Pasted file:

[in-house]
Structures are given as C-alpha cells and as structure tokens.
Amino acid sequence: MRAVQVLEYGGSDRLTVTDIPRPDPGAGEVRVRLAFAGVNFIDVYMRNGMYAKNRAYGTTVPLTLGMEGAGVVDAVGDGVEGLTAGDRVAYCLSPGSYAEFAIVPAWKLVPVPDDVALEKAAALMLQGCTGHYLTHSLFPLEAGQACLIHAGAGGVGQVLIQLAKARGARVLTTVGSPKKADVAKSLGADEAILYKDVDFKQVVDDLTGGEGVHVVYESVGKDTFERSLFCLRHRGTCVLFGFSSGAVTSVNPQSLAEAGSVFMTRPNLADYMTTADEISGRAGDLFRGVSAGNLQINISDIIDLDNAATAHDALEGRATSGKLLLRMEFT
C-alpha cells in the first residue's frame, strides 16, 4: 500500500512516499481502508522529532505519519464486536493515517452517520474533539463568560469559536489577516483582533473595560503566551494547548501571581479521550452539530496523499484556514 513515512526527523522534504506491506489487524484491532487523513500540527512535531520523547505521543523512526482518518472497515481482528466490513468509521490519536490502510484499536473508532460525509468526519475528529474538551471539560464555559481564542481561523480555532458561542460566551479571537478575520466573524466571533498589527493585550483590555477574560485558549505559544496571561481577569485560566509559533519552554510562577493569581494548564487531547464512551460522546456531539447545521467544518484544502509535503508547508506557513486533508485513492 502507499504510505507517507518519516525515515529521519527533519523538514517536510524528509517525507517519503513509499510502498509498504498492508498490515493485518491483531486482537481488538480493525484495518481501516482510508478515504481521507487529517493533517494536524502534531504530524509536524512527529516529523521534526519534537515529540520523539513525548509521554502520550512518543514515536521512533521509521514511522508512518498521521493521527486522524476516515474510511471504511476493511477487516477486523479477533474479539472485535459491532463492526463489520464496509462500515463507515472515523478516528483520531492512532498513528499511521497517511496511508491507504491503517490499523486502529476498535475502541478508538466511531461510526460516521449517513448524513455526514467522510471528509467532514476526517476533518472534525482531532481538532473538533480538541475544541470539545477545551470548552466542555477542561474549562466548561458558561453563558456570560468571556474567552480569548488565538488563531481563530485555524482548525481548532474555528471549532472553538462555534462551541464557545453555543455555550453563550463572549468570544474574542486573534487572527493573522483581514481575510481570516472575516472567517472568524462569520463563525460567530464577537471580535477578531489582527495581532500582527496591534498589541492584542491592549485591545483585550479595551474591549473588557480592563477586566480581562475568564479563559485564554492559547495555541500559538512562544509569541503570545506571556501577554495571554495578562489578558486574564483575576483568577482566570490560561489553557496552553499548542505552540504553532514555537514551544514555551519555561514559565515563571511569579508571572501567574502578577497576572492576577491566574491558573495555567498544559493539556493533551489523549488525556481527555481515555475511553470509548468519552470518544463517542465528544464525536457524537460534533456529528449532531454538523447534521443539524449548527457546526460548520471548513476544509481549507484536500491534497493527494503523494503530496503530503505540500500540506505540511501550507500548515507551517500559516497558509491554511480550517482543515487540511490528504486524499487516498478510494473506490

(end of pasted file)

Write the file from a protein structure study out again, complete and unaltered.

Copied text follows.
[in-house]
Structures are given as C-alpha cells and as structure tokens.
Amino acid sequence: MRAVQVLEYGGSDRLTVTDIPRPDPGAGEVRVRLAFAGVNFIDVYMRNGMYAKNRAYGTTVPLTLGMEGAGVVDAVGDGVEGLTAGDRVAYCLSPGSYAEFAIVPAWKLVPVPDDVALEKAAALMLQGCTGHYLTHSLFPLEAGQACLIHAGAGGVGQVLIQLAKARGARVLTTVGSPKKADVAKSLGADEAILYKDVDFKQVVDDLTGGEGVHVVYESVGKDTFERSLFCLRHRGTCVLFGFSSGAVTSVNPQSLAEAGSVFMTRPNLADYMTTADEISGRAGDLFRGVSAGNLQINISDIIDLDNAATAHDALEGRATSGKLLLRMEFT
C-alpha cells in the first residue's frame, strides 16, 4: 500500500512516499481502508522529532505519519464486536493515517452517520474533539463568560469559536489577516483582533473595560503566551494547548501571581479521550452539530496523499484556514 513515512526527523522534504506491506489487524484491532487523513500540527512535531520523547505521543523512526482518518472497515481482528466490513468509521490519536490502510484499536473508532460525509468526519475528529474538551471539560464555559481564542481561523480555532458561542460566551479571537478575520466573524466571533498589527493585550483590555477574560485558549505559544496571561481577569485560566509559533519552554510562577493569581494548564487531547464512551460522546456531539447545521467544518484544502509535503508547508506557513486533508485513492 502507499504510505507517507518519516525515515529521519527533519523538514517536510524528509517525507517519503513509499510502498509498504498492508498490515493485518491483531486482537481488538480493525484495518481501516482510508478515504481521507487529517493533517494536524502534531504530524509536524512527529516529523521534526519534537515529540520523539513525548509521554502520550512518543514515536521512533521509521514511522508512518498521521493521527486522524476516515474510511471504511476493511477487516477486523479477533474479539472485535459491532463492526463489520464496509462500515463507515472515523478516528483520531492512532498513528499511521497517511496511508491507504491503517490499523486502529476498535475502541478508538466511531461510526460516521449517513448524513455526514467522510471528509467532514476526517476533518472534525482531532481538532473538533480538541475544541470539545477545551470548552466542555477542561474549562466548561458558561453563558456570560468571556474567552480569548488565538488563531481563530485555524482548525481548532474555528471549532472553538462555534462551541464557545453555543455555550453563550463572549468570544474574542486573534487572527493573522483581514481575510481570516472575516472567517472568524462569520463563525460567530464577537471580535477578531489582527495581532500582527496591534498589541492584542491592549485591545483585550479595551474591549473588557480592563477586566480581562475568564479563559485564554492559547495555541500559538512562544509569541503570545506571556501577554495571554495578562489578558486574564483575576483568577482566570490560561489553557496552553499548542505552540504553532514555537514551544514555551519555561514559565515563571511569579508571572501567574502578577497576572492576577491566574491558573495555567498544559493539556493533551489523549488525556481527555481515555475511553470509548468519552470518544463517542465528544464525536457524537460534533456529528449532531454538523447534521443539524449548527457546526460548520471548513476544509481549507484536500491534497493527494503523494503530496503530503505540500500540506505540511501550507500548515507551517500559516497558509491554511480550517482543515487540511490528504486524499487516498478510494473506490